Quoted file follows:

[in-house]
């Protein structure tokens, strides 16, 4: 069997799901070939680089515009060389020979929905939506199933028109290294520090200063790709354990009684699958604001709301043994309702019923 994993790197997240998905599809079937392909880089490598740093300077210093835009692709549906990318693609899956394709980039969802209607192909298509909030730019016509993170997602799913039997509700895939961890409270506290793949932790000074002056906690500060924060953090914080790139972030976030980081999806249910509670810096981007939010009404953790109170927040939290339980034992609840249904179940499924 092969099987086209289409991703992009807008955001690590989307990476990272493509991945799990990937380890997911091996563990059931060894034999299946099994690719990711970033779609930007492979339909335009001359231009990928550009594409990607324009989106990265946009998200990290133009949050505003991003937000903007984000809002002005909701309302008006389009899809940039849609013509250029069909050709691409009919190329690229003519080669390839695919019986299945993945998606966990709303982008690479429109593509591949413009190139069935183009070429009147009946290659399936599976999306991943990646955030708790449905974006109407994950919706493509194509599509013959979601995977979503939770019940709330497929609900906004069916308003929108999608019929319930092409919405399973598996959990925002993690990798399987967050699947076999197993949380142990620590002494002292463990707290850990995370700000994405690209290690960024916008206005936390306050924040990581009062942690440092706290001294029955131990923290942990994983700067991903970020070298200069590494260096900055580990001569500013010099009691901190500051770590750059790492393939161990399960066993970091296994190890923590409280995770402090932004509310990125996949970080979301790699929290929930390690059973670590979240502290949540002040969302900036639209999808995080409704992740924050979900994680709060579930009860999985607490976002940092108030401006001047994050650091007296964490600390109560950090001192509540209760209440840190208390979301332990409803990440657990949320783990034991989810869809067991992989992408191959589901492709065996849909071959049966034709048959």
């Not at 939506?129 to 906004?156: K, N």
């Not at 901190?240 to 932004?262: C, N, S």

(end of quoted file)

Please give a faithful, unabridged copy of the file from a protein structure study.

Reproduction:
[in-house]
């Protein structure tokens, strides 16, 4: 069997799901070939680089515009060389020979929905939506199933028109290294520090200063790709354990009684699958604001709301043994309702019923 994993790197997240998905599809079937392909880089490598740093300077210093835009692709549906990318693609899956394709980039969802209607192909298509909030730019016509993170997602799913039997509700895939961890409270506290793949932790000074002056906690500060924060953090914080790139972030976030980081999806249910509670810096981007939010009404953790109170927040939290339980034992609840249904179940499924 092969099987086209289409991703992009807008955001690590989307990476990272493509991945799990990937380890997911091996563990059931060894034999299946099994690719990711970033779609930007492979339909335009001359231009990928550009594409990607324009989106990265946009998200990290133009949050505003991003937000903007984000809002002005909701309302008006389009899809940039849609013509250029069909050709691409009919190329690229003519080669390839695919019986299945993945998606966990709303982008690479429109593509591949413009190139069935183009070429009147009946290659399936599976999306991943990646955030708790449905974006109407994950919706493509194509599509013959979601995977979503939770019940709330497929609900906004069916308003929108999608019929319930092409919405399973598996959990925002993690990798399987967050699947076999197993949380142990620590002494002292463990707290850990995370700000994405690209290690960024916008206005936390306050924040990581009062942690440092706290001294029955131990923290942990994983700067991903970020070298200069590494260096900055580990001569500013010099009691901190500051770590750059790492393939161990399960066993970091296994190890923590409280995770402090932004509310990125996949970080979301790699929290929930390690059973670590979240502290949540002040969302900036639209999808995080409704992740924050979900994680709060579930009860999985607490976002940092108030401006001047994050650091007296964490600390109560950090001192509540209760209440840190208390979301332990409803990440657990949320783990034991989810869809067991992989992408191959589901492709065996849909071959049966034709048959």
């Not at 939506?129 to 906004?156: K, N």
């Not at 901190?240 to 932004?262: C, N, S």